It’s a new year, and there’s lots of talk (as usual) about fresh starts, clean slates, and starting over. The past, it seems, is just luggage weighing us down, and if we can leave it behind, we can move forward faster, lighter, and unencumbered.
My experience is that this is not only impossible, but also undesirable.
Besides, who really wants to get where they’re going without their luggage?
Sure, our suitcases can be heavy. Some of us have quite a bit of the past—even the immediate past (like…yesterday)—weighing us down: struggles with addiction, unresolved conflict with family, unfulfilling relationships, depression. Like suitcases without wheels, these experiences threaten to drag us down. And with the new year comes the intriguing possibility that we have arrived in a new land, and—if we choose—we can leave our luggage behind.
We imagine that in this new place we’ll be better people: folks who exercise regularly, eat and drink in moderation, never fight with our partners or friends, keep the house clean, remember everybody’s birthdays, and arrive on time for work every day. And maybe we even manage to do some of these things for a week or two.
But by February most of us find that our lives have not changed significantly, that we’ve returned to our old habits, and that we have not, actually, arrived in a new land at all. The luggage we thought we’d left behind is right by our side, like those stories you hear about pets who travel across the country to return home. Where did this suitcase come from? we wonder. I thought I left this behind.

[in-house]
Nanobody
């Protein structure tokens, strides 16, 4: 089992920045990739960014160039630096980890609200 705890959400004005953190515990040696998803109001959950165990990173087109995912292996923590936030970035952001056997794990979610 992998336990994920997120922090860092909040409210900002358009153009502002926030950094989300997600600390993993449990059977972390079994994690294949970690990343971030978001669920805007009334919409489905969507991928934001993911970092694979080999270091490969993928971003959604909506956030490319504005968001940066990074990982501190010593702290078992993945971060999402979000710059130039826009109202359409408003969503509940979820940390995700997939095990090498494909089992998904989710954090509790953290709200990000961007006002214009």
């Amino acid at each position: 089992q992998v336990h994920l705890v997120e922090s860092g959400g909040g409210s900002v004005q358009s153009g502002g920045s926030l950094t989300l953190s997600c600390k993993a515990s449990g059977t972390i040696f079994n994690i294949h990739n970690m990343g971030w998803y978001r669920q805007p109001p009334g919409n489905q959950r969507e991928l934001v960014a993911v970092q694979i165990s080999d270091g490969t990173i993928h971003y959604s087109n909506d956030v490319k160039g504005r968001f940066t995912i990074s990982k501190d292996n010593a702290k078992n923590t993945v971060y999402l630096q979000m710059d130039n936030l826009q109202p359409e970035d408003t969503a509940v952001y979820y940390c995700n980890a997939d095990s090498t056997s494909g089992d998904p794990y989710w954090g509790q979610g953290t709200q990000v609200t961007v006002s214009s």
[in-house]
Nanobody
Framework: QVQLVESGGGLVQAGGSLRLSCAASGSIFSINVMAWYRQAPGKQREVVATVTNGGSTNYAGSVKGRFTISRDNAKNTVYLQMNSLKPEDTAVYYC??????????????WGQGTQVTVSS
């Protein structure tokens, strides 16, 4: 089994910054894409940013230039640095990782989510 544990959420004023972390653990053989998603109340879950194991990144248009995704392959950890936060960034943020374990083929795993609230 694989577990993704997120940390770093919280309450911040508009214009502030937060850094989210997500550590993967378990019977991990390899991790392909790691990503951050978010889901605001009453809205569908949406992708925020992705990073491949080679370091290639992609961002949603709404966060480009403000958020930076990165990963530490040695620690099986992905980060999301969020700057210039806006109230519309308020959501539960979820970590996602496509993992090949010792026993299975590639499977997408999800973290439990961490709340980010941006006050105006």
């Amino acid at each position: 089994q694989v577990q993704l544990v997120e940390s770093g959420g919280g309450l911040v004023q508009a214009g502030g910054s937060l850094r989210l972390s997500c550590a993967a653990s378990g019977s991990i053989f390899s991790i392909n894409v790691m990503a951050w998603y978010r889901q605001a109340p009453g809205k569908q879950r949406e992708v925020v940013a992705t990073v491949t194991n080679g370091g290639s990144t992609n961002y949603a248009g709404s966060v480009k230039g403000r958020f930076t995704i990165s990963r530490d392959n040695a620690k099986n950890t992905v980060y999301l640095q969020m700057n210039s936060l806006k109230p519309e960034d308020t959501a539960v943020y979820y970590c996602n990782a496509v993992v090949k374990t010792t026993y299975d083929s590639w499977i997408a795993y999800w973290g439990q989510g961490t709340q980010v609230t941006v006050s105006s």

What this illusion of lighter travel always misses is that wherever we go, we bring ourselves. We’re the common denominator of our lives, the one who can’t say no to a second helping, the one who refuses to see a doctor (or a therapist), the one who can’t just smile and let a snide comment pass unanswered.
What we think of as “luggage” is, I would suggest, our memories and history, the reminders of who we are in the world, the evidence of our humanity. Oh yes, here in my bag I find that moment I snapped at my mother and made her cry. How I would like to forget that I am that person who did that.
But just like that moment the airline tells you your luggage is lost, we find that without our bags of memory and history, we are adrift. I may not want to be the woman who made her mother cry, but who am I if not the woman who has been forgiven by her mother?
Change is possible, always, and I would suggest the key is not to leave your luggage behind, but to open up your bags and take inventory. Repack, if you need to. Buy a new bag for your things. But you need to know what’s in there because you’re not going anywhere without it.
My email address is firstname.lastname@example.org.
Bright blessings, Sharon